New Kids On The Block
The boyband revival fad continues as US five-piece hit Belfast
New Kids On The Block exploded onto the pop scene in 1984 - the first white boyband of many to come. They breakdanced and harmonised their way into our hearts through the 80s and early 90s with songs like 'Cover Girl' and 'I'll be Loving You (Forever)'.
Girls as young as five (like myself) kissed posters of Jordan, Joey, Donnie, Johnathon and Danny before bed time and dreamed of the unatainable. But in 1994 New Kids were no longer hangin' tough and decided to call it a day, only to be replaced by a plethora of new baby-faced boybands who managed to fill the gap, but were never really the right stuff.
In 2008 New Kids - no longer kids but husbands and fathers - reformed off their own bat, much to the delight of their hardcore fans. It's fair to say that most cynics were doubtful that the New Kids would be a hit the second time around. I awaited new single 'Summertime' with cringe at the ready.
But the Kids have moved on and matured. They no longer do dance routines on stairs or flash their bare chests in music videos (unfortunately). I fell in love with their new pop sound, mixed wih a fresher R 'n' B style, and their new look based on suits with no ties.
In anticipation of their Odyssey Arena show, I download their new album and go through their back catalogue, memorising lyrics in the hope that the delectable Jordan might ask me up on stage to sing with him and the band.
Although the Odyssey stage has been wheeled forward a little, any fears that the New Kids' first Belfast show might fail to entice the crowds are soon extinguished. The majority of tonight's audience are original fans, women in their 20s right up to their 50s, giggling excitedly like the kids they used to be.
As soon as the stage screen lights up with the letters NKOTB the screaming begins. We're teased with a showreel of the Kids in their heyday, and new song 'Single' opens the show.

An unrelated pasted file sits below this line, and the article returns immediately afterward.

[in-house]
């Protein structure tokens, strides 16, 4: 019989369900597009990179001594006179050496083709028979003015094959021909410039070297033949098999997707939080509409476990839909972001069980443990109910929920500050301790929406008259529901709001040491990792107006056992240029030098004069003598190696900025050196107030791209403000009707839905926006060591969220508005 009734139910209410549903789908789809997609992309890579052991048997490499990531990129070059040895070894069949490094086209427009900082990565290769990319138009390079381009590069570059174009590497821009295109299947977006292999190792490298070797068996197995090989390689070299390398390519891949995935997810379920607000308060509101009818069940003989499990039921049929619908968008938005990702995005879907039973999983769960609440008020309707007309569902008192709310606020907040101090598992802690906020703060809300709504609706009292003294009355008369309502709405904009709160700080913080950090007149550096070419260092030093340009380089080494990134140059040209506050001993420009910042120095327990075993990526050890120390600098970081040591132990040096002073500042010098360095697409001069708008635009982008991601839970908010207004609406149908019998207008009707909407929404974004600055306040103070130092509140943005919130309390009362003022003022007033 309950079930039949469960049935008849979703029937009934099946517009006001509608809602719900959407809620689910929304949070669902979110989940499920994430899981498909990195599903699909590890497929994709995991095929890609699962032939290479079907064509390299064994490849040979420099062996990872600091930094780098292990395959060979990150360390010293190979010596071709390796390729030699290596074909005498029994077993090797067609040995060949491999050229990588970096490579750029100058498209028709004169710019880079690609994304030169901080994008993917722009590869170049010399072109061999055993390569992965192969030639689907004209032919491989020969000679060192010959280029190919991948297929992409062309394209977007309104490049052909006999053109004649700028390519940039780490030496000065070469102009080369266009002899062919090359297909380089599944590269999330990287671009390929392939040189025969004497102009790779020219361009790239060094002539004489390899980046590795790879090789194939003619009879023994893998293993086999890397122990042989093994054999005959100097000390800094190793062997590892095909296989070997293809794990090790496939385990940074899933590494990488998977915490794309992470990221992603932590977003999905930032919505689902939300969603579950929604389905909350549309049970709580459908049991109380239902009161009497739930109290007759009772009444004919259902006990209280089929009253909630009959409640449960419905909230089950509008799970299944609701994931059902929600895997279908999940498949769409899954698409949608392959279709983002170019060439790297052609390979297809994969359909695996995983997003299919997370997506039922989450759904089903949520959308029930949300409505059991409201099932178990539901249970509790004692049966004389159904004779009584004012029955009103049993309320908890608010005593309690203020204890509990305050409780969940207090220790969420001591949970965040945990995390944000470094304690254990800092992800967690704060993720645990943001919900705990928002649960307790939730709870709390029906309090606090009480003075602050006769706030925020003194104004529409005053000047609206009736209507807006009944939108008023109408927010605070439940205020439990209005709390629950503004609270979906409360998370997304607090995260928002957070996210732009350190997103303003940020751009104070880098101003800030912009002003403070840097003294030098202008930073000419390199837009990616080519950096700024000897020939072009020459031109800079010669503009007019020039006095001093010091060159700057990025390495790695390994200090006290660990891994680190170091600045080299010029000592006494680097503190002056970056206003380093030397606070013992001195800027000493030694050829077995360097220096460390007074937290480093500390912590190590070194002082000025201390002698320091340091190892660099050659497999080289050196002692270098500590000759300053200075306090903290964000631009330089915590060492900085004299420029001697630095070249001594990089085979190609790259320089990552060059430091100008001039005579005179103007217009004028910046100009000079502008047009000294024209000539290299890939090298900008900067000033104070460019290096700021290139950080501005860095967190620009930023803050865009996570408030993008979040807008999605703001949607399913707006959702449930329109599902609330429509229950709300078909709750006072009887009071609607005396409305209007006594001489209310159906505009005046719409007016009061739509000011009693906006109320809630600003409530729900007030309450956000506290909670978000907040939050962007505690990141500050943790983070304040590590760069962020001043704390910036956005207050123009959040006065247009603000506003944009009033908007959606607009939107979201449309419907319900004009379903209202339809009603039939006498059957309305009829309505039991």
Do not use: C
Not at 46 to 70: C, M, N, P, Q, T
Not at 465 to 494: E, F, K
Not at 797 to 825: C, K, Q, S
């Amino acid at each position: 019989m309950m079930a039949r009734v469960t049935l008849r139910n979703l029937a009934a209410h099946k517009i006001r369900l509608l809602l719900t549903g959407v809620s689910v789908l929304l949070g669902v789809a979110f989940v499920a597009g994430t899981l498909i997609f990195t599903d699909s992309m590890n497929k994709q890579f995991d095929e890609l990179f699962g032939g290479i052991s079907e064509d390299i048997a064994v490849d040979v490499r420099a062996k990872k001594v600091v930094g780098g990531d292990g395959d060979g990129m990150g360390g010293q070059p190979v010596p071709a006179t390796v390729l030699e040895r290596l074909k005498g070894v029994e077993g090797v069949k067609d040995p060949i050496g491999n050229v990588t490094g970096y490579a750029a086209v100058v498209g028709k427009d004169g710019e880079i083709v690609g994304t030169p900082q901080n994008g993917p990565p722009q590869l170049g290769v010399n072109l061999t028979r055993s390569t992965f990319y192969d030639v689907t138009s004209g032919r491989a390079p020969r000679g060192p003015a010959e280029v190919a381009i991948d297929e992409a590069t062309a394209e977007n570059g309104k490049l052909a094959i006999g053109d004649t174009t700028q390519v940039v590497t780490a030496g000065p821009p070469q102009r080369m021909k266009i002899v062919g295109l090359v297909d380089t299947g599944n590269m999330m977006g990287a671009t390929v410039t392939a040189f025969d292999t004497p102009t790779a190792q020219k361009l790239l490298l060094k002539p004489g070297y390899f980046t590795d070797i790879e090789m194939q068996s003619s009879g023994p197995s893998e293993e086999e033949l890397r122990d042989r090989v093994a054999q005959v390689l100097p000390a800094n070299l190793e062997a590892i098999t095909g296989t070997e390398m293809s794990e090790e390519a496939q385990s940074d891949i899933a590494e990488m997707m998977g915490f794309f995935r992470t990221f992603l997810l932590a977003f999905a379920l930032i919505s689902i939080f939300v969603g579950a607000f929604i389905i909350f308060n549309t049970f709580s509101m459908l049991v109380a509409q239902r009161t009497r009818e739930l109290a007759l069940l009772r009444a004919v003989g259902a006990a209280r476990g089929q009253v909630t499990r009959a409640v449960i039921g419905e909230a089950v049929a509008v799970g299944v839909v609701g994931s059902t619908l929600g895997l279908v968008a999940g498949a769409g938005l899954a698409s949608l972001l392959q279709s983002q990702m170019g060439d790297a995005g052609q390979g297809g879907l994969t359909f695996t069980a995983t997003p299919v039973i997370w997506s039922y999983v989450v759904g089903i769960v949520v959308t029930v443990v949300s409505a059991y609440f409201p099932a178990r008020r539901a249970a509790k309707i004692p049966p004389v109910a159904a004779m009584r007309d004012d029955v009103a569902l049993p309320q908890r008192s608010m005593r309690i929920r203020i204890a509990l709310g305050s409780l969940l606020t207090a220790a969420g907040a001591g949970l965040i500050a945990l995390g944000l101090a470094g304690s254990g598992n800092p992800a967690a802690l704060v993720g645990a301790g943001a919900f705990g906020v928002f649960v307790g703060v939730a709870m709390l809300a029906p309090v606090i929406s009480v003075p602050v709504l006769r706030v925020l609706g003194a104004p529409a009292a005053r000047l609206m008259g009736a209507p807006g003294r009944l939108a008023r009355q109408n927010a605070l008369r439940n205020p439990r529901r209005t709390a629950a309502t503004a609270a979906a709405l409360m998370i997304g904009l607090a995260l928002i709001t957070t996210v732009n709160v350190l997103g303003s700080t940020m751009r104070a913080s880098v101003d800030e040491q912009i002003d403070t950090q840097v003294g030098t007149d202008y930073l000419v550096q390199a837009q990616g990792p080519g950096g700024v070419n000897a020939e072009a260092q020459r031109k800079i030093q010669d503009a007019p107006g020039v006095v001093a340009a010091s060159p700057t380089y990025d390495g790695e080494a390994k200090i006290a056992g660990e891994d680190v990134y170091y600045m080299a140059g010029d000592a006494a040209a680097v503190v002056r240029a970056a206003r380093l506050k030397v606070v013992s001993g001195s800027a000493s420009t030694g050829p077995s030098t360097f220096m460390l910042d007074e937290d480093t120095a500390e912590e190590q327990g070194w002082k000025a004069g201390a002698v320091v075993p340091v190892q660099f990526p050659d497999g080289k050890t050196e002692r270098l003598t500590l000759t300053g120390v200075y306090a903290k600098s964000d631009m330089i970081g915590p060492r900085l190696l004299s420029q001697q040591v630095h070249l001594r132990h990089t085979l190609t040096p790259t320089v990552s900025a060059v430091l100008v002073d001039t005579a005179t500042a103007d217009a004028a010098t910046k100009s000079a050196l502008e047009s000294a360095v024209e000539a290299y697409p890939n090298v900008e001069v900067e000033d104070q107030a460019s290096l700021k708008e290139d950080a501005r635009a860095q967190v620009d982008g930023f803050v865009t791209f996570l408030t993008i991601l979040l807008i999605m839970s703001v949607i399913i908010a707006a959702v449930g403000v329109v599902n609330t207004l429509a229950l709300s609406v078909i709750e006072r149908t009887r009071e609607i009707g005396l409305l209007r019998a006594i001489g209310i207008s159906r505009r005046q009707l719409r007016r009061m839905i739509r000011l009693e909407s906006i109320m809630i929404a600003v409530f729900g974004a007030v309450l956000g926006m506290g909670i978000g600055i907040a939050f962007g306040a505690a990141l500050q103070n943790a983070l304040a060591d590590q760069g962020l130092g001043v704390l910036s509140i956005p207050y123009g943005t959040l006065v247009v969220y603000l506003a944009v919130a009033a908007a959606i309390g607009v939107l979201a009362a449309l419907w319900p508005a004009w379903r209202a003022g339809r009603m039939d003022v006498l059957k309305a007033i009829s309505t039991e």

Throughout the evening the band effortlessly mix the old with the new, performing classics like 'Step By Step' alongside new album tracks 'Dirty Dancing' and 'Click Click Click'. Of course the lyrics are still classic boyband cheese. But then that's the whole point of the boyband - to sing sweet cliched nothings to us and make us believe that men really can be romantic.
The crowd go wild when the boys play their most successful song, 'The Right Stuff', complemented with a classic dance routine. It's clear that although the new tracks are popular, the oldies are still the best.
This having been my first experience of a boyband concert I'm incredibly impressed. The energy of both the band and the audience is infectious, and by the time the New Kids play their last song, I never want the show to end. And thankfully it doesn't. The Kids are value for money, performing not one but two encores. Jordan pulls off some brilliantly 80s dance moves; 'Hangin Tough' the Kids perform in full Boston Celtics gear.
Of course it has to end, and it does with a huge bang as confetti fills the air and the New Kids thank Belfast profusely. New Kids On The Block are a welcome return to the pop scene. You know what they say - you never forget your first love.